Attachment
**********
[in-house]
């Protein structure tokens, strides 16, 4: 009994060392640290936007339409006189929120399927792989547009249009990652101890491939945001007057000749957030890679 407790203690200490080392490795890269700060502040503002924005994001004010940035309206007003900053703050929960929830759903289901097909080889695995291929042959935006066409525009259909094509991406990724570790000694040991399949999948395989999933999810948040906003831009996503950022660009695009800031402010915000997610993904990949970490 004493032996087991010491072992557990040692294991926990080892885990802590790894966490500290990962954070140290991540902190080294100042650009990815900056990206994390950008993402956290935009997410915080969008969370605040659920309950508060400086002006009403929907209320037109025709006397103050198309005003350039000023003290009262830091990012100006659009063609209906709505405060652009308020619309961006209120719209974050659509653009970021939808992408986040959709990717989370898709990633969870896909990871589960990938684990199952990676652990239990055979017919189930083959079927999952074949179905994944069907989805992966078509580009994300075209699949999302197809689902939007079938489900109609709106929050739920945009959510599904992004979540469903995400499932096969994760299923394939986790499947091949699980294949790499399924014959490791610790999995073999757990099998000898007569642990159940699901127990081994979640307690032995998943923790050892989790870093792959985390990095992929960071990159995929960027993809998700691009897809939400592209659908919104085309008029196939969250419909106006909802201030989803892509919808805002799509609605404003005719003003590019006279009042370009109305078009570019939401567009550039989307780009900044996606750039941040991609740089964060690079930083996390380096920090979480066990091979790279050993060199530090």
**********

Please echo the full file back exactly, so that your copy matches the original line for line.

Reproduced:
[in-house]
């Protein structure tokens, strides 16, 4: 009994060392640290936007339409006189929120399927792989547009249009990652101890491939945001007057000749957030890679 407790203690200490080392490795890269700060502040503002924005994001004010940035309206007003900053703050929960929830759903289901097909080889695995291929042959935006066409525009259909094509991406990724570790000694040991399949999948395989999933999810948040906003831009996503950022660009695009800031402010915000997610993904990949970490 004493032996087991010491072992557990040692294991926990080892885990802590790894966490500290990962954070140290991540902190080294100042650009990815900056990206994390950008993402956290935009997410915080969008969370605040659920309950508060400086002006009403929907209320037109025709006397103050198309005003350039000023003290009262830091990012100006659009063609209906709505405060652009308020619309961006209120719209974050659509653009970021939808992408986040959709990717989370898709990633969870896909990871589960990938684990199952990676652990239990055979017919189930083959079927999952074949179905994944069907989805992966078509580009994300075209699949999302197809689902939007079938489900109609709106929050739920945009959510599904992004979540469903995400499932096969994760299923394939986790499947091949699980294949790499399924014959490791610790999995073999757990099998000898007569642990159940699901127990081994979640307690032995998943923790050892989790870093792959985390990095992929960071990159995929960027993809998700691009897809939400592209659908919104085309008029196939969250419909106006909802201030989803892509919808805002799509609605404003005719003003590019006279009042370009109305078009570019939401567009550039989307780009900044996606750039941040991609740089964060690079930083996390380096920090979480066990091979790279050993060199530090």